The Thruxton's retro styling belies the performance capabilities of Triumph's latest cafe racer.
Exiting a particularly greasy roundabout on London's North Circular road, it is time to feed in some throttle. Ahead of me, the sound of the old British Twin roaring up through the gears means I had better do it quick.
With the light snowfall turning to water as it hits the ground, I straighten up the new Triumph Thruxton 900 and spin the Parallel-Twin up to redline. The rear Metzeler keeps me honest as I dive for a gap in the fast moving traffic, keeping my eyes firmly attached to the Triumph Triton's license plate ahead.
In the Triton's saddle, Ace Cafe owner Mark Wilsmore is crouched low over its alloy tank and hard on the gas as we head for his flat. He is hell-bent on making my ride as exciting as possible because we were filming a segment for an upcoming show on Speed. He is, of course, succeeding, and with the last of the feeling leaving my frozen fingers, I glance down to see the Triumph's speedometer nudging 80 mph.
Blasting across the old Iron Bridge, a place that brought death and injury to the ton-up boy racers of the '50s and '60s, we make it through in one piece. Mark keeps my adrenaline pumping with his carve-and-slice maneuvering as he does battle with the London traffic up front. Coming to a rapid halt at the next light, inquisitive faces peer from steamed up car windows, the Featherbed-framed Triumph's open pipes alerting them to our presence. I also notice the sharp look of the new red Triumph Thruxton holding their gaze: It is highly likely they will never have seen one before.
Stone cold tires, frigid track surface, and no clue which way the corners are going makes this an exhilarating experience as I follow Clifford, a man who only knows two throttle positions: wide open and closed. This isn't really the best method for evaluating a new bike, but we are just here for photos. Our real evaluation is going to take place out on the highways and byways of rural England later in the day.
Running through the fast backside of the track at over 100 mph quickly shows the Thruxton's suspension's limitations, although the movement from the suspension is not unexpected or too out of hand. As mentioned in our preview of the Thruxton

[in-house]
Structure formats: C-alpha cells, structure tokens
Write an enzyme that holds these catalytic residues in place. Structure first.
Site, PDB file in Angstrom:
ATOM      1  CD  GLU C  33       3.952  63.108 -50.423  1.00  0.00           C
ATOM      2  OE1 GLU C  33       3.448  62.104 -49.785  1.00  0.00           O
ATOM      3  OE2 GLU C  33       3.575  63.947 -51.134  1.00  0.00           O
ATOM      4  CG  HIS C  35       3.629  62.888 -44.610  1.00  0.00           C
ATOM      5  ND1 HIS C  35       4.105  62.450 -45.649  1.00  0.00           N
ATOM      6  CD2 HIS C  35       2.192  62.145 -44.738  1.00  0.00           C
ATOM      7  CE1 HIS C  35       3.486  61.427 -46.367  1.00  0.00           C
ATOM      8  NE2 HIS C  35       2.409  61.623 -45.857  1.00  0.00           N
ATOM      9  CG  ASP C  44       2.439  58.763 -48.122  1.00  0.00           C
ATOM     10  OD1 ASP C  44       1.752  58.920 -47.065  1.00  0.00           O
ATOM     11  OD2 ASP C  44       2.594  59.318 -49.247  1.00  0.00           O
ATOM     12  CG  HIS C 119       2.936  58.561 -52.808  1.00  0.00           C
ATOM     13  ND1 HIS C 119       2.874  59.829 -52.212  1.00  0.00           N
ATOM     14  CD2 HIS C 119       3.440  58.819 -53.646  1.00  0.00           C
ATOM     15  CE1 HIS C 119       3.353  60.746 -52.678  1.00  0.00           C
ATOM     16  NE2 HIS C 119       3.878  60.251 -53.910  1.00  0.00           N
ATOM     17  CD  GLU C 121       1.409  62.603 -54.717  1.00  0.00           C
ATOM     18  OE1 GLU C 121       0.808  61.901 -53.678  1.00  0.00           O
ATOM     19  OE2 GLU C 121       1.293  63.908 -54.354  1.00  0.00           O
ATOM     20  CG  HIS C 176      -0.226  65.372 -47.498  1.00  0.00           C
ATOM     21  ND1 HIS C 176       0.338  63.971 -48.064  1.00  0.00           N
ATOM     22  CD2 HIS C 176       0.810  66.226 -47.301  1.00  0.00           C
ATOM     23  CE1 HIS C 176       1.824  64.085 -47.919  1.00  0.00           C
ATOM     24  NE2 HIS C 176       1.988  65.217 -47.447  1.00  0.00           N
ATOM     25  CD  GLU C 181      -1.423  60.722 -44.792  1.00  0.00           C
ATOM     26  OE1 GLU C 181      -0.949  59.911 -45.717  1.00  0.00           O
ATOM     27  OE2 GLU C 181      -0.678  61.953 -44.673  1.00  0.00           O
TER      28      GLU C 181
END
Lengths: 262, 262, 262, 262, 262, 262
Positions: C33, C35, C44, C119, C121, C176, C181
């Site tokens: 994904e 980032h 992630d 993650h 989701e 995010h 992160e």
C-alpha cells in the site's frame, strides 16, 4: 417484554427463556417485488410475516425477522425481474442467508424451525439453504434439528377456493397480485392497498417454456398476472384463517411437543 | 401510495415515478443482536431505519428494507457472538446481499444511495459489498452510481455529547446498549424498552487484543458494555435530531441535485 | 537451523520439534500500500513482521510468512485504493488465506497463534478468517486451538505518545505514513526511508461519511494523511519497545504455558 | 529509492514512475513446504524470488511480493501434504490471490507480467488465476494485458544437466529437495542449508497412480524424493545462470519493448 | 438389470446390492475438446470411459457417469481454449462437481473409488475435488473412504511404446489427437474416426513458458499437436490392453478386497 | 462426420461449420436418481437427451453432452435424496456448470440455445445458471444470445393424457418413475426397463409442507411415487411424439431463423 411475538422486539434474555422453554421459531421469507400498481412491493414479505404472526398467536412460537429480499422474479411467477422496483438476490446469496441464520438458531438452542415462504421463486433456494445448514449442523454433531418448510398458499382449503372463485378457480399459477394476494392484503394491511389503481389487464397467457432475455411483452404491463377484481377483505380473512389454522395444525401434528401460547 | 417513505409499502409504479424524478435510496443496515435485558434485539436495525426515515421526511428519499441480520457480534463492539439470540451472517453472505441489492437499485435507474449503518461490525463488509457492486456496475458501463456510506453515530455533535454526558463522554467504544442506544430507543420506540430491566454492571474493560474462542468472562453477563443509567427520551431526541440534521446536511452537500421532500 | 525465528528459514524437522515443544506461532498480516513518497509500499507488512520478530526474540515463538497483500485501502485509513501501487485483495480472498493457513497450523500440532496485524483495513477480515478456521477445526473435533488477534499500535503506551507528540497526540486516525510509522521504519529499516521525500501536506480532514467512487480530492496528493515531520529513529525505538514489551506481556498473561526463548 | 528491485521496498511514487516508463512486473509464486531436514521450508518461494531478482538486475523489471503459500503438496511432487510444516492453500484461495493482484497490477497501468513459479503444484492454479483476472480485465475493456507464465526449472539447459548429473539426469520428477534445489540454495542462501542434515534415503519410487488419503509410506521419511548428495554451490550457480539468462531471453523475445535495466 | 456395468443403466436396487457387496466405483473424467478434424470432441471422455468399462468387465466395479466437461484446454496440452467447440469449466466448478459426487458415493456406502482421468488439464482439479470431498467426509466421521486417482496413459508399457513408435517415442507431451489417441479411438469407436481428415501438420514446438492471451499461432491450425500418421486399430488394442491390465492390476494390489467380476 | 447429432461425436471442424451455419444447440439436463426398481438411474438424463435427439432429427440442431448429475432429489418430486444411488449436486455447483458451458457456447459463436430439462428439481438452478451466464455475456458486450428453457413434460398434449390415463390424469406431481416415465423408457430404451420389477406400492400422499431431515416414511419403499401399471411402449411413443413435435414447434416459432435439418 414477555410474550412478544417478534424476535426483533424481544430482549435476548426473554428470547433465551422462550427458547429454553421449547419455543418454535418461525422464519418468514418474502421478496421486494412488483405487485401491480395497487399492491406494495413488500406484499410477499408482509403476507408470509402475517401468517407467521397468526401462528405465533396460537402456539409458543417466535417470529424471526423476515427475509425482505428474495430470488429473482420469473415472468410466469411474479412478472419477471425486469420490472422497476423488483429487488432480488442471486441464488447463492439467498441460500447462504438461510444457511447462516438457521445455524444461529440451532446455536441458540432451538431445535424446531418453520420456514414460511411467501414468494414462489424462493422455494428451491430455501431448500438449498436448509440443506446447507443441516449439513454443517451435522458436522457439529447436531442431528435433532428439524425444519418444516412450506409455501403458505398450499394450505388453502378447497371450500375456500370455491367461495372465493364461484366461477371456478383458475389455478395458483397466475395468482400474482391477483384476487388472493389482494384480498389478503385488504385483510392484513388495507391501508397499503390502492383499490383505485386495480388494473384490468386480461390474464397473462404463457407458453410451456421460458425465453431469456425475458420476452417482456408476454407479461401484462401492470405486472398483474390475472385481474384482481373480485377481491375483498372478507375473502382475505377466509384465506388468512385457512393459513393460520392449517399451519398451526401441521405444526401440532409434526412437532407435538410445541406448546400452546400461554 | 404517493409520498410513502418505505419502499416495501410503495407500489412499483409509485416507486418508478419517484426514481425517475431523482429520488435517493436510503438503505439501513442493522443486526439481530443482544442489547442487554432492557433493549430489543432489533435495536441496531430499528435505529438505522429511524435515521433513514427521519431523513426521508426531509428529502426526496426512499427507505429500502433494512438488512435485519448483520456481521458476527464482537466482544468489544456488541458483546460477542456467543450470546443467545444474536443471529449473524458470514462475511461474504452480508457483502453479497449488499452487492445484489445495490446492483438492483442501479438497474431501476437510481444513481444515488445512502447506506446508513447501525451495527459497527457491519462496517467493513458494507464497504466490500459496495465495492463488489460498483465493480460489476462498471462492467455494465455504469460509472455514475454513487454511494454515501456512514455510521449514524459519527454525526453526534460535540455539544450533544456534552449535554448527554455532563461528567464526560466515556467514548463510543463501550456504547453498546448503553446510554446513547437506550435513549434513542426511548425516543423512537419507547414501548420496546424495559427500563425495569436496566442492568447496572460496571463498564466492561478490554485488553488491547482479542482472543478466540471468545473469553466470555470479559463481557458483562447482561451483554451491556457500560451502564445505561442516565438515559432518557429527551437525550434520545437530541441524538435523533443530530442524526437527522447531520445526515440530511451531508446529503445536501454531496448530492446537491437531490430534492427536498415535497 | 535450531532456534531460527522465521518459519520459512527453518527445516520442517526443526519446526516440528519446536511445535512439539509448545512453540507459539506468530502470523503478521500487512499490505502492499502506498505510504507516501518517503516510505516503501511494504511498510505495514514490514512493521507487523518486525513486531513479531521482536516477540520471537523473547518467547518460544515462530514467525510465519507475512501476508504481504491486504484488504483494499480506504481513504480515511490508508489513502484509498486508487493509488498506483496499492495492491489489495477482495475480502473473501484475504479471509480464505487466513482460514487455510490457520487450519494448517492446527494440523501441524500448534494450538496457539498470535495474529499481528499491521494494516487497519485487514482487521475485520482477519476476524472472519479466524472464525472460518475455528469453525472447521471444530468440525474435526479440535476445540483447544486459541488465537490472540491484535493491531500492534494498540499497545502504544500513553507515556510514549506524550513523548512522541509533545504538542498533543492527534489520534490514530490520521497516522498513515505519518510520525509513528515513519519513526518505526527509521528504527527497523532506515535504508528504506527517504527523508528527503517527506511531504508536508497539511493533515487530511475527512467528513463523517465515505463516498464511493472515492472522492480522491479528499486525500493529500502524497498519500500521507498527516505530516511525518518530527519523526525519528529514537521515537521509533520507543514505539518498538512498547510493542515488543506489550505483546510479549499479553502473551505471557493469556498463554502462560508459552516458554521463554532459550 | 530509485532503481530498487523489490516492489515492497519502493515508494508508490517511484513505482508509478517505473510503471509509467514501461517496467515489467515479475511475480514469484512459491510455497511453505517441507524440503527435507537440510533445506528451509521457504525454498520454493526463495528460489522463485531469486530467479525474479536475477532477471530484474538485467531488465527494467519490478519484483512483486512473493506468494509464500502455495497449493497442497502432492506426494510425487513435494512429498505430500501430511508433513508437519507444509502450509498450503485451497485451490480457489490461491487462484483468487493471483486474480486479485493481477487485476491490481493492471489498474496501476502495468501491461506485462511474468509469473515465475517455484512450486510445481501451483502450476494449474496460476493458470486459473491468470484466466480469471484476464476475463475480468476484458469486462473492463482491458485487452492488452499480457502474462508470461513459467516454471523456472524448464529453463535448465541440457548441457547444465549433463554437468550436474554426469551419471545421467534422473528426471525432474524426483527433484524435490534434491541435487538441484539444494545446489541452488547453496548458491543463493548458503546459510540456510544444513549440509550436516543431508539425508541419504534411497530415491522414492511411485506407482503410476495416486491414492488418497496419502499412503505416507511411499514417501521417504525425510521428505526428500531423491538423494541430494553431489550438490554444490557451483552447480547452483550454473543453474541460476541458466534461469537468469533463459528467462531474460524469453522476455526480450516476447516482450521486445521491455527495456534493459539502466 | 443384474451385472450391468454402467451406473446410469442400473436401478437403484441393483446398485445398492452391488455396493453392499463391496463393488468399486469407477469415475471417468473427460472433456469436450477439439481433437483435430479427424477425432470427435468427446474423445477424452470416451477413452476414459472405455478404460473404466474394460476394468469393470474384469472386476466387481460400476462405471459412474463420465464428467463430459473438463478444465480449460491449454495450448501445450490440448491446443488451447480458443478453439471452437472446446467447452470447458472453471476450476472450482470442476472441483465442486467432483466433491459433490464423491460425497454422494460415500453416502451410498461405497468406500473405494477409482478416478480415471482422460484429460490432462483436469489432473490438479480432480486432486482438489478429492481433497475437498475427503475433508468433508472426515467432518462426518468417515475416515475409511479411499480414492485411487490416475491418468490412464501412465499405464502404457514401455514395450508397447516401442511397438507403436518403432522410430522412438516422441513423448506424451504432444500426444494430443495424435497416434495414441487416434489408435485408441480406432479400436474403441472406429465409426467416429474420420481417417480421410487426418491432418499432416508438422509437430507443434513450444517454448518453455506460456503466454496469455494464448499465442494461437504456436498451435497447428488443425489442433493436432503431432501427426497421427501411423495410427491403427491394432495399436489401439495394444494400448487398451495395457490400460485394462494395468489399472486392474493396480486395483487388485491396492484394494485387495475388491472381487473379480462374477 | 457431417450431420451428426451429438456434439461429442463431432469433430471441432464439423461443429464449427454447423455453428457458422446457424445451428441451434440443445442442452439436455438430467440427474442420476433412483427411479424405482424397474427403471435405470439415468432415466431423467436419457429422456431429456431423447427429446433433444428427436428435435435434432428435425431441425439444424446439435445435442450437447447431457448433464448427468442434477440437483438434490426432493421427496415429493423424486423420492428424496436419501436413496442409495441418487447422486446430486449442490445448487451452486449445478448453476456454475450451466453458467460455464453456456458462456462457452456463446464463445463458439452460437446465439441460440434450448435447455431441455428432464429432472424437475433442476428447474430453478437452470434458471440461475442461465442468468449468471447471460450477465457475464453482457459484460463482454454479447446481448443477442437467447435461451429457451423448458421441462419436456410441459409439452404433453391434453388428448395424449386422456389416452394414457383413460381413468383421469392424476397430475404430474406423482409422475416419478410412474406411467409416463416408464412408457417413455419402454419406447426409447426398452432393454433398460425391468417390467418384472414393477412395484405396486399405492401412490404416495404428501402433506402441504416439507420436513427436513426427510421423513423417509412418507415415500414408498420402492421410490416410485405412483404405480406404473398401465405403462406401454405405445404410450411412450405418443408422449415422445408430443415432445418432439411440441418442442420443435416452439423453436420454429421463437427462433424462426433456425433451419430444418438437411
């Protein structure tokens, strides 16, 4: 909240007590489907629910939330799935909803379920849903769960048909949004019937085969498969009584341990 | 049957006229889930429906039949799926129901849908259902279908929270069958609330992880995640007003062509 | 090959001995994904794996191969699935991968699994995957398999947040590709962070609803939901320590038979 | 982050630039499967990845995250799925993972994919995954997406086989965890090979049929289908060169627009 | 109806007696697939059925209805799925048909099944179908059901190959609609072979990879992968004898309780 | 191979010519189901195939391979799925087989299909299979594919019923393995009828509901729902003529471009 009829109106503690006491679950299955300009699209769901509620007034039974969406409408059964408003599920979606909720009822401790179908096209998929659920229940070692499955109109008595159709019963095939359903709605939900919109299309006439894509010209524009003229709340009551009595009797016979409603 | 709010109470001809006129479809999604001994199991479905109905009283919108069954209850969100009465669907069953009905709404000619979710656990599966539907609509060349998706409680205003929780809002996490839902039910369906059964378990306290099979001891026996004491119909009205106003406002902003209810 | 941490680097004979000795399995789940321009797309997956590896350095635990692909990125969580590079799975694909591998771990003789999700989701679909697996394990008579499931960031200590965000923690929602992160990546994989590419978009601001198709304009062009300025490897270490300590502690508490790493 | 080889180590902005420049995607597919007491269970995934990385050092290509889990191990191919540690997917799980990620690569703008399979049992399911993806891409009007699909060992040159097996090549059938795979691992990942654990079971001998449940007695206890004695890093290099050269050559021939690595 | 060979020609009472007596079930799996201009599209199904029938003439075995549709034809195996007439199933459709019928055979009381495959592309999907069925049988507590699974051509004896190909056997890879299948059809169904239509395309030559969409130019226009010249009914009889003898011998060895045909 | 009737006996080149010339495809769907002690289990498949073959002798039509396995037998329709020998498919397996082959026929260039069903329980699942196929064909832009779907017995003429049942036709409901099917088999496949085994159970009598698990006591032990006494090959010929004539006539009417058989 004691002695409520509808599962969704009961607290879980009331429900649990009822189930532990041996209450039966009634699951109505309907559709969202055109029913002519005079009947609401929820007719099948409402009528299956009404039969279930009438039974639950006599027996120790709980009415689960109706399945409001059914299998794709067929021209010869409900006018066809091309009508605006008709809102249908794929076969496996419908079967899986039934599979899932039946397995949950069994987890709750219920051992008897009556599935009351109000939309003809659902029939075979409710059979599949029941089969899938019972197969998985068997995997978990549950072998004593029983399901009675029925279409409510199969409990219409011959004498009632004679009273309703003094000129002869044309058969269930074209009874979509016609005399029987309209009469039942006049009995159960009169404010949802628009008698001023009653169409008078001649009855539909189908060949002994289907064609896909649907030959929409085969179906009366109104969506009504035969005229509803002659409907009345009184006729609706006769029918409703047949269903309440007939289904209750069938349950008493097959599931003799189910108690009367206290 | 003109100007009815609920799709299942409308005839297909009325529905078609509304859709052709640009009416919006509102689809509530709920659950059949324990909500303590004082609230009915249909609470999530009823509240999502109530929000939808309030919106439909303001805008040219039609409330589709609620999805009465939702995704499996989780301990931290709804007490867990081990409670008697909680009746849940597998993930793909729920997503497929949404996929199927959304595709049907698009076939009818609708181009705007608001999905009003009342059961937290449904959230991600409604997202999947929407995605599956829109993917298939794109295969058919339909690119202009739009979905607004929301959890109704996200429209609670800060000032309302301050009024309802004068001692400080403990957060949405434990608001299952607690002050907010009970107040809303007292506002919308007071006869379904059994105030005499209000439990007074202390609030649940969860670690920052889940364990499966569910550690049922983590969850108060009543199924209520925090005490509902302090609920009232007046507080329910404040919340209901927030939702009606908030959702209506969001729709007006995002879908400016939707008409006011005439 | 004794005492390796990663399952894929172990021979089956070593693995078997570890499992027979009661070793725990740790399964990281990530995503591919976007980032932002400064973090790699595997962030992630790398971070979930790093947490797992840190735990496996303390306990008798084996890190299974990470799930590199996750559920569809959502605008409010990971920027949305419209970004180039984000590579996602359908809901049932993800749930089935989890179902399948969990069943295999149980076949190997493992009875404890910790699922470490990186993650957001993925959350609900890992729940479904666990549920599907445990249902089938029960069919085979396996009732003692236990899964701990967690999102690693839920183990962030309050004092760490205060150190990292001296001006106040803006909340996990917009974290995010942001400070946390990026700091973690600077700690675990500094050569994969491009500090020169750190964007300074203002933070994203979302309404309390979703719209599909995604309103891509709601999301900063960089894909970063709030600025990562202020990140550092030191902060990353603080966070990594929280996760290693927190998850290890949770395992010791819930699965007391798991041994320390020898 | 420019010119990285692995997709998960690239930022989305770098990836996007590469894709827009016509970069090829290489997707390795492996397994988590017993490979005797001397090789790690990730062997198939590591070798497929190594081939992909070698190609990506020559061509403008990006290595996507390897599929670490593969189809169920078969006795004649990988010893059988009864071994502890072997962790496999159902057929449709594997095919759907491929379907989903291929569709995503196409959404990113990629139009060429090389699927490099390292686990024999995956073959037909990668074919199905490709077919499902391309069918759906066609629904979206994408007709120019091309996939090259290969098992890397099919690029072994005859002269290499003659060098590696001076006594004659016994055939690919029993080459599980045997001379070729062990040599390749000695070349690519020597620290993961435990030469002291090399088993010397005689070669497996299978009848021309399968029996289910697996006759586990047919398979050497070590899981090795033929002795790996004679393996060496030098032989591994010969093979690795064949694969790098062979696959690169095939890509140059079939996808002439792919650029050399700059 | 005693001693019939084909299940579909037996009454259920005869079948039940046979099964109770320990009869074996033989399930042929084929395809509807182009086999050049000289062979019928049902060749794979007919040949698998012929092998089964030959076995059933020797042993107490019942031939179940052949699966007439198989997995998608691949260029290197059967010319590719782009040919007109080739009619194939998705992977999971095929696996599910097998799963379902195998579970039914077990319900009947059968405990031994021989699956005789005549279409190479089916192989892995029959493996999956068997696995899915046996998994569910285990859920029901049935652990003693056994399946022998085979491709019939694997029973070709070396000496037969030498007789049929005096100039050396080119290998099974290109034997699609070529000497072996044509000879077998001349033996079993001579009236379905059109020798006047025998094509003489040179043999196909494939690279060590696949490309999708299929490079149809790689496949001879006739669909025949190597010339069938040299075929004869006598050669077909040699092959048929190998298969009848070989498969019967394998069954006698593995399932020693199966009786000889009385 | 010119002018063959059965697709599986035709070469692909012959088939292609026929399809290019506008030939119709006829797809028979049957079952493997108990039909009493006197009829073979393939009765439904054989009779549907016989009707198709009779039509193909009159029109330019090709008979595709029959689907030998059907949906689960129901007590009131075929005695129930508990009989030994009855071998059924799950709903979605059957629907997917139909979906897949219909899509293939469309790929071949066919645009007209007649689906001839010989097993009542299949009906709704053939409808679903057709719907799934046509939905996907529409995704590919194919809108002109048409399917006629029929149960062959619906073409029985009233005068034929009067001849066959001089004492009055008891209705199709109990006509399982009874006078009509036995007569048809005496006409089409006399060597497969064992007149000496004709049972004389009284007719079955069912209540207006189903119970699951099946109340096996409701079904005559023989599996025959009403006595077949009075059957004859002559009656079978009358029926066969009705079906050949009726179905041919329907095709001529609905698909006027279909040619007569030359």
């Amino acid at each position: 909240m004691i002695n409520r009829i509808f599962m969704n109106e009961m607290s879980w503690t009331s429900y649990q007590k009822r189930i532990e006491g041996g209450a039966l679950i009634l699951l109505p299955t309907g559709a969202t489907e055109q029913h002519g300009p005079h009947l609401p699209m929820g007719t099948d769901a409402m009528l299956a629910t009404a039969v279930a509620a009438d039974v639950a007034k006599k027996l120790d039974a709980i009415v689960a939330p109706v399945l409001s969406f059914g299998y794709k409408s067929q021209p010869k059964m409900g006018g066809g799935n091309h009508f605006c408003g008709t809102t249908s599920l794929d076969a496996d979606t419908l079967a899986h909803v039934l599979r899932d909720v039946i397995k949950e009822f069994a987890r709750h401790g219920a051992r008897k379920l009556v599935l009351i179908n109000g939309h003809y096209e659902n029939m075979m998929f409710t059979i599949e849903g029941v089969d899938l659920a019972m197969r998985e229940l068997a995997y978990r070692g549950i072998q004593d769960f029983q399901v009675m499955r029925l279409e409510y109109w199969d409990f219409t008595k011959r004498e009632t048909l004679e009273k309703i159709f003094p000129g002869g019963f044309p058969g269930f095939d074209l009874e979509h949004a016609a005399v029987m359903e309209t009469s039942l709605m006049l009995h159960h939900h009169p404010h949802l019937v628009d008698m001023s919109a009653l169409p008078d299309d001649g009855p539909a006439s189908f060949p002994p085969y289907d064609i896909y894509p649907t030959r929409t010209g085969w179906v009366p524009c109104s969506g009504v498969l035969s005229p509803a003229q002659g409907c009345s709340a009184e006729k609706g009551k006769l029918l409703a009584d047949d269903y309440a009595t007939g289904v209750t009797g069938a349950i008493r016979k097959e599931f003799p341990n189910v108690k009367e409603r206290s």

, the suspension has been upgraded at both ends from the Bonneville, and the steering quickened with the use of longer and more sophisticated shocks. The single 320mm front brake needs the assistance of the 255mm rear to make fast stops, and there is a strange twisting feeling from the fairly soft front forks if the four-piston caliper is applied too hard. The extra weight of a second disc was deemed unnecessary during Triumph's testing.
Even though Triumph upgraded the suspension on the Thurxton, high speeds reveal some of the performance limitations.
Coming back in from our photo sessions, the atmosphere in the Thruxton clubhouse is positive. The Thruxton, while obviously not a leading-edge sportbike, makes for an easy bike to learn the famous circuit. And, sat amongst pictures of past racing heroes, it is a special moment to have ridden on such a famous piece of racing real estate. Now, with the photo session over, it is time to don more warm weather equipment and go out for the real test.
Firing up the quiet sounding Twin, a little choke (located on the left carburetor) quickly has the engine warmed up and idling, even on such a bitterly cold day. A small amount of fiddling is needed to work the ignition key, which is found to the left-hand side of the headlight, with access impeded a little by the small bullet style indicators. (We are in England now so apologies for the language.)